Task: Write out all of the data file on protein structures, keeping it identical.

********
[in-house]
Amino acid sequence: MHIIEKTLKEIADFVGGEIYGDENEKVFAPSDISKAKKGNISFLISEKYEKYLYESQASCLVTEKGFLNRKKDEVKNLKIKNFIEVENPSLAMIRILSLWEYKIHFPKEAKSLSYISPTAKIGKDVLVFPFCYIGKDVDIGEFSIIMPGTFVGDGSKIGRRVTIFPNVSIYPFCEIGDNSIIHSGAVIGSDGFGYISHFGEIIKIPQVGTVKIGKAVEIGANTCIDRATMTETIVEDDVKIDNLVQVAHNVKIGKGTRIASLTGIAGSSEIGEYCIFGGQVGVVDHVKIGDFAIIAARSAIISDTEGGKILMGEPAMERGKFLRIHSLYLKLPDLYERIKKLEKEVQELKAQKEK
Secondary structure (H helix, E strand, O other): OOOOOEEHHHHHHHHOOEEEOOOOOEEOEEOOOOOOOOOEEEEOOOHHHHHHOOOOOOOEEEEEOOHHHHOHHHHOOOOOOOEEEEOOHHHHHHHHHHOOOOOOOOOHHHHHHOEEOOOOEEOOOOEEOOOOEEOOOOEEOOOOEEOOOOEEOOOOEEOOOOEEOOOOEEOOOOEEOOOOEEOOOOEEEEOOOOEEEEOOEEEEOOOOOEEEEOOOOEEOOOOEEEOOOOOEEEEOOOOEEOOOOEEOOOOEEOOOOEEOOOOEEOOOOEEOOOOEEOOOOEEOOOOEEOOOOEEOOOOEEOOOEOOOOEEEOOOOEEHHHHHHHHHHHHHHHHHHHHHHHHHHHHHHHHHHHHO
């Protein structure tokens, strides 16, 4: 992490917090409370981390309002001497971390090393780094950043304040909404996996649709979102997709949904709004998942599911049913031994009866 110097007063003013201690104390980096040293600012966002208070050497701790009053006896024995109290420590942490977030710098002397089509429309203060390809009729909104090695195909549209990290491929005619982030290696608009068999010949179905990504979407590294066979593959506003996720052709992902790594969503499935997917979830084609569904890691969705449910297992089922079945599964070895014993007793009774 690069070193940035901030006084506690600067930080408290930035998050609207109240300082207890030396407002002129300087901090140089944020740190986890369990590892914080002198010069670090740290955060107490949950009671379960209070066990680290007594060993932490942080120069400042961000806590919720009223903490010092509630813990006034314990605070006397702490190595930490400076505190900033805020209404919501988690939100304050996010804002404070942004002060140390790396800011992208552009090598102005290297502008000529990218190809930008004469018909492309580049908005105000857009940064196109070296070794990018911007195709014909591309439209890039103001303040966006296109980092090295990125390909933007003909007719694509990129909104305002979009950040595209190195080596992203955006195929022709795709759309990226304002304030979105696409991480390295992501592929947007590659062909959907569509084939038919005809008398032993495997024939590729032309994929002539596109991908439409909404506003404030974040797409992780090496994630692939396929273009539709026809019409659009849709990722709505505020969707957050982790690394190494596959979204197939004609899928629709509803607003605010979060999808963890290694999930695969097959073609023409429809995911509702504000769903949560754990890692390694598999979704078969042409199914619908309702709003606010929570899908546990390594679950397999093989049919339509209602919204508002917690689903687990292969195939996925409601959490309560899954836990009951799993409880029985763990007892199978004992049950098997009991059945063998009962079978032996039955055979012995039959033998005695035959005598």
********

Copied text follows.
[in-house]
Amino acid sequence: MHIIEKTLKEIADFVGGEIYGDENEKVFAPSDISKAKKGNISFLISEKYEKYLYESQASCLVTEKGFLNRKKDEVKNLKIKNFIEVENPSLAMIRILSLWEYKIHFPKEAKSLSYISPTAKIGKDVLVFPFCYIGKDVDIGEFSIIMPGTFVGDGSKIGRRVTIFPNVSIYPFCEIGDNSIIHSGAVIGSDGFGYISHFGEIIKIPQVGTVKIGKAVEIGANTCIDRATMTETIVEDDVKIDNLVQVAHNVKIGKGTRIASLTGIAGSSEIGEYCIFGGQVGVVDHVKIGDFAIIAARSAIISDTEGGKILMGEPAMERGKFLRIHSLYLKLPDLYERIKKLEKEVQELKAQKEK
Secondary structure (H helix, E strand, O other): OOOOOEEHHHHHHHHOOEEEOOOOOEEOEEOOOOOOOOOEEEEOOOHHHHHHOOOOOOOEEEEEOOHHHHOHHHHOOOOOOOEEEEOOHHHHHHHHHHOOOOOOOOOHHHHHHOEEOOOOEEOOOOEEOOOOEEOOOOEEOOOOEEOOOOEEOOOOEEOOOOEEOOOOEEOOOOEEOOOOEEOOOOEEEEOOOOEEEEOOEEEEOOOOOEEEEOOOOEEOOOOEEEOOOOOEEEEOOOOEEOOOOEEOOOOEEOOOOEEOOOOEEOOOOEEOOOOEEOOOOEEOOOOEEOOOOEEOOOOEEOOOEOOOOEEEOOOOEEHHHHHHHHHHHHHHHHHHHHHHHHHHHHHHHHHHHHO
């Protein structure tokens, strides 16, 4: 992490917090409370981390309002001497971390090393780094950043304040909404996996649709979102997709949904709004998942599911049913031994009866 110097007063003013201690104390980096040293600012966002208070050497701790009053006896024995109290420590942490977030710098002397089509429309203060390809009729909104090695195909549209990290491929005619982030290696608009068999010949179905990504979407590294066979593959506003996720052709992902790594969503499935997917979830084609569904890691969705449910297992089922079945599964070895014993007793009774 690069070193940035901030006084506690600067930080408290930035998050609207109240300082207890030396407002002129300087901090140089944020740190986890369990590892914080002198010069670090740290955060107490949950009671379960209070066990680290007594060993932490942080120069400042961000806590919720009223903490010092509630813990006034314990605070006397702490190595930490400076505190900033805020209404919501988690939100304050996010804002404070942004002060140390790396800011992208552009090598102005290297502008000529990218190809930008004469018909492309580049908005105000857009940064196109070296070794990018911007195709014909591309439209890039103001303040966006296109980092090295990125390909933007003909007719694509990129909104305002979009950040595209190195080596992203955006195929022709795709759309990226304002304030979105696409991480390295992501592929947007590659062909959907569509084939038919005809008398032993495997024939590729032309994929002539596109991908439409909404506003404030974040797409992780090496994630692939396929273009539709026809019409659009849709990722709505505020969707957050982790690394190494596959979204197939004609899928629709509803607003605010979060999808963890290694999930695969097959073609023409429809995911509702504000769903949560754990890692390694598999979704078969042409199914619908309702709003606010929570899908546990390594679950397999093989049919339509209602919204508002917690689903687990292969195939996925409601959490309560899954836990009951799993409880029985763990007892199978004992049950098997009991059945063998009962079978032996039955055979012995039959033998005695035959005598």